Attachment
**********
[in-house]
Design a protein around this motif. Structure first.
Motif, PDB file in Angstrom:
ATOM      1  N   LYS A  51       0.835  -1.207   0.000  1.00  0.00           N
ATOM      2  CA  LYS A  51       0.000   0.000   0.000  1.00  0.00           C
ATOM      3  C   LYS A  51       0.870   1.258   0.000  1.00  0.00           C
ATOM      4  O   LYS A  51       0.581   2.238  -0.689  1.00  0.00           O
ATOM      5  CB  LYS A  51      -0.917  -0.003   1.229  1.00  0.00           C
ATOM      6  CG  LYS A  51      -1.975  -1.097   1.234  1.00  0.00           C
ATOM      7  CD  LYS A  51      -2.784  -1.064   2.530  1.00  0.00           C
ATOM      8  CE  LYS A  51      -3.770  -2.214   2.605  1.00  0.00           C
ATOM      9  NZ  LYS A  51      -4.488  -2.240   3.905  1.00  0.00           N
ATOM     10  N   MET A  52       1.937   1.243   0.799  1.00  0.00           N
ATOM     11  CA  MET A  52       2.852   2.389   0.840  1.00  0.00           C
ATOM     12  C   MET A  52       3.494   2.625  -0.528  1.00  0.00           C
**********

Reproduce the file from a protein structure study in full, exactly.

[in-house]
Design a protein around this motif. Structure first.
Motif, PDB file in Angstrom:
ATOM      1  N   LYS A  51       0.835  -1.207   0.000  1.00  0.00           N
ATOM      2  CA  LYS A  51       0.000   0.000   0.000  1.00  0.00           C
ATOM      3  C   LYS A  51       0.870   1.258   0.000  1.00  0.00           C
ATOM      4  O   LYS A  51       0.581   2.238  -0.689  1.00  0.00           O
ATOM      5  CB  LYS A  51      -0.917  -0.003   1.229  1.00  0.00           C
ATOM      6  CG  LYS A  51      -1.975  -1.097   1.234  1.00  0.00           C
ATOM      7  CD  LYS A  51      -2.784  -1.064   2.530  1.00  0.00           C
ATOM      8  CE  LYS A  51      -3.770  -2.214   2.605  1.00  0.00           C
ATOM      9  NZ  LYS A  51      -4.488  -2.240   3.905  1.00  0.00           N
ATOM     10  N   MET A  52       1.937   1.243   0.799  1.00  0.00           N
ATOM     11  CA  MET A  52       2.852   2.389   0.840  1.00  0.00           C
ATOM     12  C   MET A  52       3.494   2.625  -0.528  1.00  0.00           C